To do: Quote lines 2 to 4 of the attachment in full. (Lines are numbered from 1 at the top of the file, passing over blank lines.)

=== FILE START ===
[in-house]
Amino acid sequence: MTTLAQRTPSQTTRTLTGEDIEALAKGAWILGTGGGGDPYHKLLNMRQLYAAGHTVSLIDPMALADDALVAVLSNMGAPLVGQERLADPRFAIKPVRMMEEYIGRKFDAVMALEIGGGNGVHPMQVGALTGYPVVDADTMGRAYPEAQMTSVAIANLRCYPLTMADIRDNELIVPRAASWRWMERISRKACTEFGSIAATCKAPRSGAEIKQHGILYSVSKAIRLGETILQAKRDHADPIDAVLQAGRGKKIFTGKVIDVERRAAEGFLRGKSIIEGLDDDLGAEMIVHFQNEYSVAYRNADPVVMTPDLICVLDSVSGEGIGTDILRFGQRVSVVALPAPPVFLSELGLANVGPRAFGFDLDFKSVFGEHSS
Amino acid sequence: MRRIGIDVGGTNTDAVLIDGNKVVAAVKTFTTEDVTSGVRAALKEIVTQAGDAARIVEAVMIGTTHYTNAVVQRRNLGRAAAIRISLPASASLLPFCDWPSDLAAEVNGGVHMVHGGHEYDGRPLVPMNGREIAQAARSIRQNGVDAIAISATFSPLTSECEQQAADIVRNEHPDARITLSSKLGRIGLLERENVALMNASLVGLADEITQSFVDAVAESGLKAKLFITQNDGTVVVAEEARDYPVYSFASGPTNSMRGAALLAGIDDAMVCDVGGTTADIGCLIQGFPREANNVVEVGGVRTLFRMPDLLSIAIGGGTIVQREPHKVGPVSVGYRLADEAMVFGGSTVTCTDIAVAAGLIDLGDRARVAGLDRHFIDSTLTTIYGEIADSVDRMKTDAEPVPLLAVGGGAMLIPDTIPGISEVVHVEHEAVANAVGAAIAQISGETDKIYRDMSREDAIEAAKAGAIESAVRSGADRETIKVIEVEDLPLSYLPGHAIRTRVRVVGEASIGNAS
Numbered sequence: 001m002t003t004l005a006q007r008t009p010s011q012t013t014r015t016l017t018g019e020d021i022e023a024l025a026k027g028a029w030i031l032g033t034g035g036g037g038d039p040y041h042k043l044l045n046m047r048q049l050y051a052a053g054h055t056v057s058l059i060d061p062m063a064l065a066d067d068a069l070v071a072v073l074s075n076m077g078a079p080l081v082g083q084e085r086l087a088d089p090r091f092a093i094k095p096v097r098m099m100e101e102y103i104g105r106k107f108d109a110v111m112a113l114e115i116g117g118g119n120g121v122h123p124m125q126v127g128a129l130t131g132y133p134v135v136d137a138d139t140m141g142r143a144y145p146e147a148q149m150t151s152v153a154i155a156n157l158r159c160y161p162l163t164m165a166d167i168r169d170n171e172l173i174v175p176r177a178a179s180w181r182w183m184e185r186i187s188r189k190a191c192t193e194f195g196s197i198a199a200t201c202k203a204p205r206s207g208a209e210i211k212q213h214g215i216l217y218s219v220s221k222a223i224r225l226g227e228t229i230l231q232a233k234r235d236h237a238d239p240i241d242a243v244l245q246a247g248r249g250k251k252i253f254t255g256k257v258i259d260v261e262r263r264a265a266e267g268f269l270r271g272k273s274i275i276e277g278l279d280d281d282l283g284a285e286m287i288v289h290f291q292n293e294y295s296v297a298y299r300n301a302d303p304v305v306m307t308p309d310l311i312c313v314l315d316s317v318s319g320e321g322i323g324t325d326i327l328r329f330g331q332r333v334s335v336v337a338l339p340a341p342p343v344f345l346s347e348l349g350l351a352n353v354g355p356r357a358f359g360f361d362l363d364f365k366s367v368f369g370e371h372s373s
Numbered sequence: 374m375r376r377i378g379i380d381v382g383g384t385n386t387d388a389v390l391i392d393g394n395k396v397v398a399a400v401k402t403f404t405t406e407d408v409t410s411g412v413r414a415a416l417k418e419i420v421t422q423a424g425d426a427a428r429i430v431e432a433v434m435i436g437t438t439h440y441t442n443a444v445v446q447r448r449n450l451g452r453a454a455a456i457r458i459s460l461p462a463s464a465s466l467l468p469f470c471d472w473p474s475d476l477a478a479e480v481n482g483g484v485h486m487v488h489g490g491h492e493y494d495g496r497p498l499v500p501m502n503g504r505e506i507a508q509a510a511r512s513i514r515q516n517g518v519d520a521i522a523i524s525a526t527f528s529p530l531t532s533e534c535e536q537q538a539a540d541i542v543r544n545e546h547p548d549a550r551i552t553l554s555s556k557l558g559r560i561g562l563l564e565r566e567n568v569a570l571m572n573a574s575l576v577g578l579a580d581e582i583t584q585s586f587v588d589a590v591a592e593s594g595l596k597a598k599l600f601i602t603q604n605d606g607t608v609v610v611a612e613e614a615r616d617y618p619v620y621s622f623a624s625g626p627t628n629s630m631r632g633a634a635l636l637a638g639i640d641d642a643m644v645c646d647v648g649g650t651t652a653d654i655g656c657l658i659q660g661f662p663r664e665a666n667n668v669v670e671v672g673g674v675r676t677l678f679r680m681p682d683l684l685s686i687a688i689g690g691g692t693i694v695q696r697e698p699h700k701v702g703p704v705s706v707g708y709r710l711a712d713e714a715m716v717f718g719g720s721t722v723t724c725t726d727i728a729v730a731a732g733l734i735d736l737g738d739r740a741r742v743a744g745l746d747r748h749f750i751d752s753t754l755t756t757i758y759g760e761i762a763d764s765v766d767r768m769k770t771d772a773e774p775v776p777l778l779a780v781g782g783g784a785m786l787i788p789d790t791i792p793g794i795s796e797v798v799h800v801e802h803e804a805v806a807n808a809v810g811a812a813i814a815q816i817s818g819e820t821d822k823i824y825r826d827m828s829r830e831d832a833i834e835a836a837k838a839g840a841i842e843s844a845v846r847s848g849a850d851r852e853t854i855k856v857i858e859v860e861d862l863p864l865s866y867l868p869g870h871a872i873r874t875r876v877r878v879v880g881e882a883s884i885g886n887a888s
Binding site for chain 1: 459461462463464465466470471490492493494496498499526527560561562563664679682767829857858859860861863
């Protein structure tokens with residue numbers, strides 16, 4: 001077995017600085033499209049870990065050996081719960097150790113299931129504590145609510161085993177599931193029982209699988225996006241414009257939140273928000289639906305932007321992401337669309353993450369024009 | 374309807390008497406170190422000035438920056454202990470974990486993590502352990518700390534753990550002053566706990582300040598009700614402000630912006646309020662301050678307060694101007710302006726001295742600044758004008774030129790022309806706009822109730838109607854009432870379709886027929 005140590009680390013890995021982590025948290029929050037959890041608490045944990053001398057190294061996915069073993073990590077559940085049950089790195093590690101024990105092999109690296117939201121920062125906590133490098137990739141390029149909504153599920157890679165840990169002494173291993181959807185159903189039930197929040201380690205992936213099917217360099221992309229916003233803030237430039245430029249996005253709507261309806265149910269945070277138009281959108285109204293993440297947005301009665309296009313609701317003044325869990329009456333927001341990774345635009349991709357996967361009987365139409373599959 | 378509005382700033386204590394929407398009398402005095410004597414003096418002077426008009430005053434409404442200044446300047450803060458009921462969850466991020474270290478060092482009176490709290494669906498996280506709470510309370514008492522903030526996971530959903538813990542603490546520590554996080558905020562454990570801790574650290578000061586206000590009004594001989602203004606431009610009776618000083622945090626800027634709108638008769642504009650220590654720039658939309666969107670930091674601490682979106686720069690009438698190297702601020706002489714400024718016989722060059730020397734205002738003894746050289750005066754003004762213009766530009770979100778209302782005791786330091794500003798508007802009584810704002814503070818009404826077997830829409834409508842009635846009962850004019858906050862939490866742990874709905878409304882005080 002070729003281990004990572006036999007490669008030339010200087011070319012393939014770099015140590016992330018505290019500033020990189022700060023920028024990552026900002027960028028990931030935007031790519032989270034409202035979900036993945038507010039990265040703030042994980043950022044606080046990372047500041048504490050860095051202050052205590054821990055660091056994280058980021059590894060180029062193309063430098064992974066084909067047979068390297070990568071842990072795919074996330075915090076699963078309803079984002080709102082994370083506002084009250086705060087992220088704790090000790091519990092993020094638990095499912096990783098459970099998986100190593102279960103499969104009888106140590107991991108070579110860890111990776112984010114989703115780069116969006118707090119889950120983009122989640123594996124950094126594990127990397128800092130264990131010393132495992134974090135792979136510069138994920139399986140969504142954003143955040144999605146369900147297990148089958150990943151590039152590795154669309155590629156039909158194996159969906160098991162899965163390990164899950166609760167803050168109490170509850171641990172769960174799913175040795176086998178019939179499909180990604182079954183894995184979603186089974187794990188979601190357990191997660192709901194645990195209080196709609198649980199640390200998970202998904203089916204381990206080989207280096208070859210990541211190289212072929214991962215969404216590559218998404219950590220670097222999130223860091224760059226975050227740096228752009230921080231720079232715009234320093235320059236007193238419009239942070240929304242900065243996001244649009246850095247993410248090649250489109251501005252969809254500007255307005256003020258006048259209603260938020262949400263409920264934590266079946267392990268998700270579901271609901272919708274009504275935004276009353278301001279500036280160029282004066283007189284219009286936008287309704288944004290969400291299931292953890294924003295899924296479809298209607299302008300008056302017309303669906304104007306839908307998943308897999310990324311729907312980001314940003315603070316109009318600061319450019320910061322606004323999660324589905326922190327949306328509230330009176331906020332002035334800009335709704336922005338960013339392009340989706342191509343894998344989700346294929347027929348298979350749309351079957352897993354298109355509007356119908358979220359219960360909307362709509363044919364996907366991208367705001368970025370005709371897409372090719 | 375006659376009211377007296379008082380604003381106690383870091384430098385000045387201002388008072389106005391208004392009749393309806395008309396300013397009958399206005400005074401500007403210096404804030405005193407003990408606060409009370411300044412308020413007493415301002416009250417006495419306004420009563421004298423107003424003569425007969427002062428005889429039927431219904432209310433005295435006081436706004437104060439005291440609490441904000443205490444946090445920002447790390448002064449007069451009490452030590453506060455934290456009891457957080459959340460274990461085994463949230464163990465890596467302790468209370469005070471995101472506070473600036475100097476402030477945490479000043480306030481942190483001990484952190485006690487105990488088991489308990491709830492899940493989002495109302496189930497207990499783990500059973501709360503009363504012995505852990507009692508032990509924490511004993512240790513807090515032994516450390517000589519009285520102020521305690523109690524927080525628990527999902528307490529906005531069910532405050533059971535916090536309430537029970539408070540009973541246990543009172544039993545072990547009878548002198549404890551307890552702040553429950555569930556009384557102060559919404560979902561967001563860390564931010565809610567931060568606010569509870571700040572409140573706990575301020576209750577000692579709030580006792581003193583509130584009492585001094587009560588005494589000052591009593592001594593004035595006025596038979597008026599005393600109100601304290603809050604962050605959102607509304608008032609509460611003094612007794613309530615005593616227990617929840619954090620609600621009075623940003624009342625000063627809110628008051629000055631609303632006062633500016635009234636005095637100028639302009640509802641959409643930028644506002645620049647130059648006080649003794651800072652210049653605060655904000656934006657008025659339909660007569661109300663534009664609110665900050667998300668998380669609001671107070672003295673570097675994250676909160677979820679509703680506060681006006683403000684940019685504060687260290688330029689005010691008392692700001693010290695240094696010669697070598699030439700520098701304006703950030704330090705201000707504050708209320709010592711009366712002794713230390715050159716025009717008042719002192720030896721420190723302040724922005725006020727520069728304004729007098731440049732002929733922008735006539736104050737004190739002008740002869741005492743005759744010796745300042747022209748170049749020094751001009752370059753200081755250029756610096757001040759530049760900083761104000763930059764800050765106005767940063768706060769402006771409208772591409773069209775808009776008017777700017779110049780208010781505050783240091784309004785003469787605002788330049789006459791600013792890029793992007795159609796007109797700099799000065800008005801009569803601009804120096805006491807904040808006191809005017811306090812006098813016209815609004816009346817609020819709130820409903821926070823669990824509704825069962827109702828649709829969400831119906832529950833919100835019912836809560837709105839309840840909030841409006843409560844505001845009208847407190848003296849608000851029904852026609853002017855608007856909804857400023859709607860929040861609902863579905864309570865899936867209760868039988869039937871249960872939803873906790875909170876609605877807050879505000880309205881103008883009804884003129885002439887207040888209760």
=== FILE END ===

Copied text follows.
Amino acid sequence: MTTLAQRTPSQTTRTLTGEDIEALAKGAWILGTGGGGDPYHKLLNMRQLYAAGHTVSLIDPMALADDALVAVLSNMGAPLVGQERLADPRFAIKPVRMMEEYIGRKFDAVMALEIGGGNGVHPMQVGALTGYPVVDADTMGRAYPEAQMTSVAIANLRCYPLTMADIRDNELIVPRAASWRWMERISRKACTEFGSIAATCKAPRSGAEIKQHGILYSVSKAIRLGETILQAKRDHADPIDAVLQAGRGKKIFTGKVIDVERRAAEGFLRGKSIIEGLDDDLGAEMIVHFQNEYSVAYRNADPVVMTPDLICVLDSVSGEGIGTDILRFGQRVSVVALPAPPVFLSELGLANVGPRAFGFDLDFKSVFGEHSS
Amino acid sequence: MRRIGIDVGGTNTDAVLIDGNKVVAAVKTFTTEDVTSGVRAALKEIVTQAGDAARIVEAVMIGTTHYTNAVVQRRNLGRAAAIRISLPASASLLPFCDWPSDLAAEVNGGVHMVHGGHEYDGRPLVPMNGREIAQAARSIRQNGVDAIAISATFSPLTSECEQQAADIVRNEHPDARITLSSKLGRIGLLERENVALMNASLVGLADEITQSFVDAVAESGLKAKLFITQNDGTVVVAEEARDYPVYSFASGPTNSMRGAALLAGIDDAMVCDVGGTTADIGCLIQGFPREANNVVEVGGVRTLFRMPDLLSIAIGGGTIVQREPHKVGPVSVGYRLADEAMVFGGSTVTCTDIAVAAGLIDLGDRARVAGLDRHFIDSTLTTIYGEIADSVDRMKTDAEPVPLLAVGGGAMLIPDTIPGISEVVHVEHEAVANAVGAAIAQISGETDKIYRDMSREDAIEAAKAGAIESAVRSGADRETIKVIEVEDLPLSYLPGHAIRTRVRVVGEASIGNAS
Numbered sequence: 001m002t003t004l005a006q007r008t009p010s011q012t013t014r015t016l017t018g019e020d021i022e023a024l025a026k027g028a029w030i031l032g033t034g035g036g037g038d039p040y041h042k043l044l045n046m047r048q049l050y051a052a053g054h055t056v057s058l059i060d061p062m063a064l065a066d067d068a069l070v071a072v073l074s075n076m077g078a079p080l081v082g083q084e085r086l087a088d089p090r091f092a093i094k095p096v097r098m099m100e101e102y103i104g105r106k107f108d109a110v111m112a113l114e115i116g117g118g119n120g121v122h123p124m125q126v127g128a129l130t131g132y133p134v135v136d137a138d139t140m141g142r143a144y145p146e147a148q149m150t151s152v153a154i155a156n157l158r159c160y161p162l163t164m165a166d167i168r169d170n171e172l173i174v175p176r177a178a179s180w181r182w183m184e185r186i187s188r189k190a191c192t193e194f195g196s197i198a199a200t201c202k203a204p205r206s207g208a209e210i211k212q213h214g215i216l217y218s219v220s221k222a223i224r225l226g227e228t229i230l231q232a233k234r235d236h237a238d239p240i241d242a243v244l245q246a247g248r249g250k251k252i253f254t255g256k257v258i259d260v261e262r263r264a265a266e267g268f269l270r271g272k273s274i275i276e277g278l279d280d281d282l283g284a285e286m287i288v289h290f291q292n293e294y295s296v297a298y299r300n301a302d303p304v305v306m307t308p309d310l311i312c313v314l315d316s317v318s319g320e321g322i323g324t325d326i327l328r329f330g331q332r333v334s335v336v337a338l339p340a341p342p343v344f345l346s347e348l349g350l351a352n353v354g355p356r357a358f359g360f361d362l363d364f365k366s367v368f369g370e371h372s373s